Confirmation Bias

Have you ever noticed that nobody is allowed to be successful on the internet?

Woe unto you if you've bootstrapped a successful software company and want to help other people do the same. No matter how straightforward the steps you took were. If you write them down and share them, the Internet will respond by telling you that they had no bearing whatsoever on your success.

The real reason you succeeded were all those unfair advantages that you had. You were born into money, you see. Or at least you had some money that you'd saved at some point. And you had a successful blog. And powerful connections pulling strings for you. And you did it in the past when, as everybody knows, everything was way easier. The important thing is that your situation was unique and therefore unfair, so nothing you have to say matters.

Worse, if you do manage to persuade these people that you were in fact not all that rich or successful when you started out, and that the only connections you have were even more broke than you, well, you still don't get to give advice.

Because the sheer fact that you succeeded in building a business when other people have previously failed at building businesses is proof that your success was nothing but blind luck. What you're really seeing is Confirmation Bias and, again, everything you have to say is worthless.

You see this play out in roughly 100% of the discussions of successful bootstrapped businesses.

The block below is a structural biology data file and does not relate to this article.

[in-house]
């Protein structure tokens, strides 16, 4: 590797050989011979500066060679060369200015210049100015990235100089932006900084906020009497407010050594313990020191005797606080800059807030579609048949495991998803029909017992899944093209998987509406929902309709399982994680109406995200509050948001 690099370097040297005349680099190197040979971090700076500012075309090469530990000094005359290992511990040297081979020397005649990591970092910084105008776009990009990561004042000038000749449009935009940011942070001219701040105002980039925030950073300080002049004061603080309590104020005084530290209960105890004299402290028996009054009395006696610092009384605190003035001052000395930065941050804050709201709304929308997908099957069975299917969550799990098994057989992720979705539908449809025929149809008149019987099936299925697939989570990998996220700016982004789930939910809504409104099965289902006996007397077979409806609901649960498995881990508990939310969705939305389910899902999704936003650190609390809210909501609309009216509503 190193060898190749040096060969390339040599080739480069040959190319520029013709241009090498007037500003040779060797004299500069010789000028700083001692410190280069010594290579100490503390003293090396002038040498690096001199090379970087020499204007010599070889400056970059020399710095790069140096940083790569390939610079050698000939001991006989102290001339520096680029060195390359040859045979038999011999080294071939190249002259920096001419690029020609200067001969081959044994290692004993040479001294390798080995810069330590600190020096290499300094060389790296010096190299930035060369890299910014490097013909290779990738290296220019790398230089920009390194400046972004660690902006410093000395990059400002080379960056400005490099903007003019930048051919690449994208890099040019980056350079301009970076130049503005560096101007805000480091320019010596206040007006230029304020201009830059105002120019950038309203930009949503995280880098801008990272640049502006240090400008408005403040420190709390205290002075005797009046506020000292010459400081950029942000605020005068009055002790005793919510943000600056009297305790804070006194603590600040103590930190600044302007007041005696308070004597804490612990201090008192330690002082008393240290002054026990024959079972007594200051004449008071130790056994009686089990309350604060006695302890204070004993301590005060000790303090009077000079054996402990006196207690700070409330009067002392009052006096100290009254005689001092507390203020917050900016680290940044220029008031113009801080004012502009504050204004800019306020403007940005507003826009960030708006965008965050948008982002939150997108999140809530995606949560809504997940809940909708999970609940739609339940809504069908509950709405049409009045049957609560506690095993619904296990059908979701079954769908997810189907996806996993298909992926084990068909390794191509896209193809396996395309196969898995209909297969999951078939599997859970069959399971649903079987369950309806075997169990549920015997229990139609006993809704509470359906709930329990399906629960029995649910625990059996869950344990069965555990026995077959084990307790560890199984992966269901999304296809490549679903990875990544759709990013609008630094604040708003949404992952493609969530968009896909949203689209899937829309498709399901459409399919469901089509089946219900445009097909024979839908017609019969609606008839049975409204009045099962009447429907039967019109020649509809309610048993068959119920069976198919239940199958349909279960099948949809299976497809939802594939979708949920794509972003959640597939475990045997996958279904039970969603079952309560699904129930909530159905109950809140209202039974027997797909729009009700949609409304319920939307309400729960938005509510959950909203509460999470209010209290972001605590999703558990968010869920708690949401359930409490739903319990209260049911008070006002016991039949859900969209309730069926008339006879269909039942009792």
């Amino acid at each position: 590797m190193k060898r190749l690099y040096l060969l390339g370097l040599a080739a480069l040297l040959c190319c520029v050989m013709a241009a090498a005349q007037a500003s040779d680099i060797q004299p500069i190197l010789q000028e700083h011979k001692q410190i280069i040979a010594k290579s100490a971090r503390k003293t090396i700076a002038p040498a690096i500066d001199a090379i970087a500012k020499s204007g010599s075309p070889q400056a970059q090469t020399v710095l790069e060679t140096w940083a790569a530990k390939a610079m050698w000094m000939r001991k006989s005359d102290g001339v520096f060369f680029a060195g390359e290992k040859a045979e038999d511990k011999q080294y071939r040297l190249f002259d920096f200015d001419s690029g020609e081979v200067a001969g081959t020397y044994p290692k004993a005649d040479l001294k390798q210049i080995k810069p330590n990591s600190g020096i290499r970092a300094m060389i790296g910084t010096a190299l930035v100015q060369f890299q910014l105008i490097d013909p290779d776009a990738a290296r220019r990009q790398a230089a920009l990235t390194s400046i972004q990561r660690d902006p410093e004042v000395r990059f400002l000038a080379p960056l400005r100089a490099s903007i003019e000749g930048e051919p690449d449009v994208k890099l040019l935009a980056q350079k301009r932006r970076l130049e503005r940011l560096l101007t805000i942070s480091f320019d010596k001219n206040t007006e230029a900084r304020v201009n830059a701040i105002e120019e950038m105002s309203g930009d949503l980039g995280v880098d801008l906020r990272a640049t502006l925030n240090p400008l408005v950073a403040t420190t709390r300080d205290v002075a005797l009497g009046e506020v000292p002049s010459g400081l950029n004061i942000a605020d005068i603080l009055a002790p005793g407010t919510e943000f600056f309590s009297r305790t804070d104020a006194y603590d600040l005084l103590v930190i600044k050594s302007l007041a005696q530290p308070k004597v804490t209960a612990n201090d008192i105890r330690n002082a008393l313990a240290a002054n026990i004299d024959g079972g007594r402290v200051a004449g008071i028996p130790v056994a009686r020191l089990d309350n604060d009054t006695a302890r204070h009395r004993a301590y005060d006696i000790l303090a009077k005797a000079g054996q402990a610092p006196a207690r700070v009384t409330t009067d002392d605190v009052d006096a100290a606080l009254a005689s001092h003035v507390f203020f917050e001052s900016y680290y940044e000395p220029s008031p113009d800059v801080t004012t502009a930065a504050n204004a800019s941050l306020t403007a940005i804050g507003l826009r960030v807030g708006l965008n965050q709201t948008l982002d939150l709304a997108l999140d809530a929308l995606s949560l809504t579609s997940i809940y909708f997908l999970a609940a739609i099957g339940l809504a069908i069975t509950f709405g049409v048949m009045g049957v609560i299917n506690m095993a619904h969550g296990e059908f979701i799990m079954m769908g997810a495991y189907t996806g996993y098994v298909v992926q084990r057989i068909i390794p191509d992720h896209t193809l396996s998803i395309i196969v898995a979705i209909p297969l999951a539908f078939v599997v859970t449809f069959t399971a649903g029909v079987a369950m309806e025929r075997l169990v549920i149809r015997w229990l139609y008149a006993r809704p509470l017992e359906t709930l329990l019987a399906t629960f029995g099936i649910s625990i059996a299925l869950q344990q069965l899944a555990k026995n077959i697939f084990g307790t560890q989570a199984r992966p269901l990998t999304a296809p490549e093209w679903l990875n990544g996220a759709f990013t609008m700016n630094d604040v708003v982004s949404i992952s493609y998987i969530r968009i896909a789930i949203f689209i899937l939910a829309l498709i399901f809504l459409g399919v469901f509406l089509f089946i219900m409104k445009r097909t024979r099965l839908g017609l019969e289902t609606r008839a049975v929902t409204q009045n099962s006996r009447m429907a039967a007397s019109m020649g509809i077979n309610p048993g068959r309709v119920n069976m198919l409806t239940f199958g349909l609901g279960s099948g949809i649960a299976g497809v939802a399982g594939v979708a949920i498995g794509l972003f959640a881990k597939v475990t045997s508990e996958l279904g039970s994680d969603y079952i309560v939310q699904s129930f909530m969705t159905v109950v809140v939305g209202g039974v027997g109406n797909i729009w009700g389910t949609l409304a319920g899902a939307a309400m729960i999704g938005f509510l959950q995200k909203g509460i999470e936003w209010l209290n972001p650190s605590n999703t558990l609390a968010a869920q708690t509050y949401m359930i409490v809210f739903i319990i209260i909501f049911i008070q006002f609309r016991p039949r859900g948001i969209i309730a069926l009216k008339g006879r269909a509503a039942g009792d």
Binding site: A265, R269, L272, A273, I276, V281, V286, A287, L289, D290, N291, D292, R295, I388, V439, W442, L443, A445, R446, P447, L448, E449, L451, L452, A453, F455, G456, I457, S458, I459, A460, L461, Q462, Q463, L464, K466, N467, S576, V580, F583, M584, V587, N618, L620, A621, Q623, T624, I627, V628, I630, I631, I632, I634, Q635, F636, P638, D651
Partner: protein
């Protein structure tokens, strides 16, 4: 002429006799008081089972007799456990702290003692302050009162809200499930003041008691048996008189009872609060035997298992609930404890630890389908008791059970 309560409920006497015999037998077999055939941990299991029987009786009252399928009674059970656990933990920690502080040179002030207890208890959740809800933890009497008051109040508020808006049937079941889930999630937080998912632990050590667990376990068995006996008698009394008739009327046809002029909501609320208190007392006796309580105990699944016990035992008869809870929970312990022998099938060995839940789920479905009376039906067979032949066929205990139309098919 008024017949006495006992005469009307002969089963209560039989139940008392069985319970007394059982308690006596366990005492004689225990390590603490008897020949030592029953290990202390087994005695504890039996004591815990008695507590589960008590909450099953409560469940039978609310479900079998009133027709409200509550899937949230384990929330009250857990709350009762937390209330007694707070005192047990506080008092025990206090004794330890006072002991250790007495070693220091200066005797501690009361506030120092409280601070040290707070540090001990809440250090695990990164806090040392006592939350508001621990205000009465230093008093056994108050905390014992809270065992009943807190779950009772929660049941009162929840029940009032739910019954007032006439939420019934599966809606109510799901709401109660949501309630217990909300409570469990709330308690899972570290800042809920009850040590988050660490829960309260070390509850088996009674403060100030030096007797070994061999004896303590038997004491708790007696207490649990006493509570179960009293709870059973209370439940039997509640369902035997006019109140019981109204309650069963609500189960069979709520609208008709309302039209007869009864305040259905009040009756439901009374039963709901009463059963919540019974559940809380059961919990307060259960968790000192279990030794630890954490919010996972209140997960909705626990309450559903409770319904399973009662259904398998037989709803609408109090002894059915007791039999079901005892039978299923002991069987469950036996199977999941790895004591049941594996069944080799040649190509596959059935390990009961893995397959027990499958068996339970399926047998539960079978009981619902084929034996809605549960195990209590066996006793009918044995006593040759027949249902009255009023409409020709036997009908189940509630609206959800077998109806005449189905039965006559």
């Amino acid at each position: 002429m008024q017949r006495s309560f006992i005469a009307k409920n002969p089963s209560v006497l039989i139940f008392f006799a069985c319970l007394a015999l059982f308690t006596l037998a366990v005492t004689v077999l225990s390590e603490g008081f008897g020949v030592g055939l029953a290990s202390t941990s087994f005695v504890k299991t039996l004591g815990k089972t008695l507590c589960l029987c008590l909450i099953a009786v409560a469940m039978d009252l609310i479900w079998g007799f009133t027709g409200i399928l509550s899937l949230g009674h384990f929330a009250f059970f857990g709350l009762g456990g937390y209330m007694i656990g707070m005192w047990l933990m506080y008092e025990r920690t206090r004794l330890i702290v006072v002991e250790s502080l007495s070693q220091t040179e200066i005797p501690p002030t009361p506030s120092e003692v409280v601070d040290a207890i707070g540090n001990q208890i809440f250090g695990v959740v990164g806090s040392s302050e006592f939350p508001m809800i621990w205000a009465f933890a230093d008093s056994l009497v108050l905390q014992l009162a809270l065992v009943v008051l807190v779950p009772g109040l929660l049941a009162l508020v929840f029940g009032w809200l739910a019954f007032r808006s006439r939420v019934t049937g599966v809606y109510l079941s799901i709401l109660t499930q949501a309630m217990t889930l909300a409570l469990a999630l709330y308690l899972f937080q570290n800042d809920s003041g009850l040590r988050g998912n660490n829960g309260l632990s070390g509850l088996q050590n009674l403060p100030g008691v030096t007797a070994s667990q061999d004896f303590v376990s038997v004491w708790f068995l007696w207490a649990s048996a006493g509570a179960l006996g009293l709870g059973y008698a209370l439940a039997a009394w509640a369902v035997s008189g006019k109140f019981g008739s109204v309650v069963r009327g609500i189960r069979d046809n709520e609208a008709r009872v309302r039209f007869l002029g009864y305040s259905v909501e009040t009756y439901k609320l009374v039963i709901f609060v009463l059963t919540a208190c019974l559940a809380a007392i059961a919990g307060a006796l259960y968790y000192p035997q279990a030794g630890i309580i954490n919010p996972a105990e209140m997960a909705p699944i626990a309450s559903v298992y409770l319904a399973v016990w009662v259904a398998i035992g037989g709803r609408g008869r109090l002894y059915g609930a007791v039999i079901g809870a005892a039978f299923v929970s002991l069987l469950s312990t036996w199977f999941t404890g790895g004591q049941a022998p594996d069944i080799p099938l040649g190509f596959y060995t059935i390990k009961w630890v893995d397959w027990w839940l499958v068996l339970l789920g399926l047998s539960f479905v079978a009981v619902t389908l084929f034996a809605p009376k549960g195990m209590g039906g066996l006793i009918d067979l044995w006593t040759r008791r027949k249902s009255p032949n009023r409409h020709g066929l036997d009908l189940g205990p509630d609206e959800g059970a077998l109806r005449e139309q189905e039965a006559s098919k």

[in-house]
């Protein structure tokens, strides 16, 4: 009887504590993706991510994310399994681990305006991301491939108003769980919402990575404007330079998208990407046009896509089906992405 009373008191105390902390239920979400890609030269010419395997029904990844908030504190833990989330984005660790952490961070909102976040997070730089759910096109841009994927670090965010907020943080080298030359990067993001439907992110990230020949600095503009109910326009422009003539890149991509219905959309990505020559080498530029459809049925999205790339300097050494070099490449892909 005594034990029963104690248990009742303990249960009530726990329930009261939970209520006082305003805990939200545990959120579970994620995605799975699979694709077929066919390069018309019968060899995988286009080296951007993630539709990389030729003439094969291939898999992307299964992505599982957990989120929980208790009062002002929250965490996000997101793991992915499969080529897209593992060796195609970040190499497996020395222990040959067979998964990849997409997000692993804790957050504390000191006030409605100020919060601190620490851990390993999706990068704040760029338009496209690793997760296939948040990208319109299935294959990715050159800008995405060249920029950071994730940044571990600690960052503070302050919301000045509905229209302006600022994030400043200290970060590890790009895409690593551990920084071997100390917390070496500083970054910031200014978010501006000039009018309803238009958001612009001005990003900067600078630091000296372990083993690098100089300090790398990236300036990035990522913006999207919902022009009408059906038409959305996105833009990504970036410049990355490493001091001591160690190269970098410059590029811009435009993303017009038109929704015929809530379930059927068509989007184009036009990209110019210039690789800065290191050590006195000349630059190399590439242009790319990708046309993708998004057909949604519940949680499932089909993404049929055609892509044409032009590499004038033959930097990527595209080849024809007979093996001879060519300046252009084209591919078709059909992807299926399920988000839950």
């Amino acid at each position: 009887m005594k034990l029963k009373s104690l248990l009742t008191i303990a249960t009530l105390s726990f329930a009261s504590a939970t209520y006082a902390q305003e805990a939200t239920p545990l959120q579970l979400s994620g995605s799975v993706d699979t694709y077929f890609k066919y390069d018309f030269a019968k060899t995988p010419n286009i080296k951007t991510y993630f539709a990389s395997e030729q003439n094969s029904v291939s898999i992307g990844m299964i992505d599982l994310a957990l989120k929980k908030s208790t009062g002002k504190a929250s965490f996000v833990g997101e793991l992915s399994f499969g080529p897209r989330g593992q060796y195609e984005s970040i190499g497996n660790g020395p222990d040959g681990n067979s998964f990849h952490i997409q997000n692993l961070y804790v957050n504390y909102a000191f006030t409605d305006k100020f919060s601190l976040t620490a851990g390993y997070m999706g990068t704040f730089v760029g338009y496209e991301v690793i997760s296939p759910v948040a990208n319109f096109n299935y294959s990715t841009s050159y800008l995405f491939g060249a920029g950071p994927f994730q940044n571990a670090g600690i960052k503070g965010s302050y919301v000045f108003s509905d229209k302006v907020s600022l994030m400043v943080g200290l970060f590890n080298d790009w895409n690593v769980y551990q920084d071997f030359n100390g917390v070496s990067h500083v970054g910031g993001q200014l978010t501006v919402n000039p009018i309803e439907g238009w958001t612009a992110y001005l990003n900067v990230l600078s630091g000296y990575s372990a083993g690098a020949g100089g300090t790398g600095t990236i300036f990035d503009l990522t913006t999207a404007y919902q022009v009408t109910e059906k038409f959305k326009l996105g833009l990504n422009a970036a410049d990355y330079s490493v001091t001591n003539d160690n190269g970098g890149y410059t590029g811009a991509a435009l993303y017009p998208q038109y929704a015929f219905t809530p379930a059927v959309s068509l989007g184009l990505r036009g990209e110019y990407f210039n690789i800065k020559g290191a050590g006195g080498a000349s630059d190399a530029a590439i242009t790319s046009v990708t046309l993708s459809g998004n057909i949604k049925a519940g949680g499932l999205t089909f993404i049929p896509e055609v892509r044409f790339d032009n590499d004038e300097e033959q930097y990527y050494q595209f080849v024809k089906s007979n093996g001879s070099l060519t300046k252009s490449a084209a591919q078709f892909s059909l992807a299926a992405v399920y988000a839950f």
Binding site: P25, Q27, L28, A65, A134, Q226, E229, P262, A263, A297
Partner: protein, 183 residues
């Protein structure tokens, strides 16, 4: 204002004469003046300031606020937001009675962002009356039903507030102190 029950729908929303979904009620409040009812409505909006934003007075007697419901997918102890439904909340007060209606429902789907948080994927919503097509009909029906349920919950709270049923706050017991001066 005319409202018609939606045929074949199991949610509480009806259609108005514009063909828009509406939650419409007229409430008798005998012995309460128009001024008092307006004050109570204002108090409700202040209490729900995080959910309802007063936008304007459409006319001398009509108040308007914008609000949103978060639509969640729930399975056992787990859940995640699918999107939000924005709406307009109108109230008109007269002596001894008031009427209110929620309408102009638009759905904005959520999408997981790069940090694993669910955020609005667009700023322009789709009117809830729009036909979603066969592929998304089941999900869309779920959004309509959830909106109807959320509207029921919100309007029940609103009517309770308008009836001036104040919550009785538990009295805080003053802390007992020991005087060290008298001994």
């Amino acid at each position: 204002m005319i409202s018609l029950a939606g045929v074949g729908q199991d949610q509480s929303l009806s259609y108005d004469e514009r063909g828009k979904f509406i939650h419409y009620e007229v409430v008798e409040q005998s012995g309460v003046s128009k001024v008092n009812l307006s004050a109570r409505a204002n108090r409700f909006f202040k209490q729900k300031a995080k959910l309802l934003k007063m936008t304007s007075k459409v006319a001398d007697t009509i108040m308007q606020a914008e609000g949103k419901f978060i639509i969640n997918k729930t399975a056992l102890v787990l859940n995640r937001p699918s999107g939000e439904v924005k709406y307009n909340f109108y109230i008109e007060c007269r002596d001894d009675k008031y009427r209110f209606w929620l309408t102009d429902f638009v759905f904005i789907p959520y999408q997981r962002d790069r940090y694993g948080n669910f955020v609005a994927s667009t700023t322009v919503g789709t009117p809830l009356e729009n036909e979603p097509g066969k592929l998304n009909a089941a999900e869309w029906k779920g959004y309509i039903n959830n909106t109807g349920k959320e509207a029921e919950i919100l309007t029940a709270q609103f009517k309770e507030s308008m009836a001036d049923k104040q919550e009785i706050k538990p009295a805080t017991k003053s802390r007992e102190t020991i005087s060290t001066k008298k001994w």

Which is annoying.

Because it misses the point.

You see, the biggest reason the business in question was successful was that our hero went out and built it. He actually tried. Chances are he tried lots of times with lots of ideas before he got this particular one to stick, but most importantly, he kept trying until he built a successful business.

The truth is that building a business is hard, and most of the time it won't work. You'll probably get better over time, but even then, you're still looking at maybe a 10% success rate. I personally know this all too well. Just about every software product I have ever built failed, dead. And yet I live comfortably on the profits of one of my products.

There's no contradiction there. And there's not really any Confirmation Bias there either. There's mostly just Math.

If you try something with a 10% chance of success enough times, eventually it will work. Think of it as Persistence Bias if you like, and it makes a lot more sense.

And that's really all those "how I built an X" writeups are describing: The distilled wisdom that got the author to the point where he had a 10% chance of succeeding, as it existed on the try that happened to be successful.

It's not something to dismiss. It's something to learn from.

Dismissing the author's wisdom and not trying to start a business will never, ever, in a million years, leave you with a successful business. Reading even the most ludicrously bad advice and using it to try to start a business will at least get you in the game.

You're nearly guaranteed to blow it the first few tries, but you'll learn from each of them. And if you keep trying, eventually you might be lucky enough to have some clown on the internet dismiss all your hard work as Confirmation Bias.

But remember, it's actually Persistance Bias they're accusing you of. And it's their loss.

Good luck!

Jason Kester

I run a little company called Expat Software. Right now, the most interesting things we're doing are related to Cloud Storage Analytics, Online Classrooms, and Customer Lifecycle Metrics for SaaS Businesses. I'll leave it to you to figure out how those things tie together.

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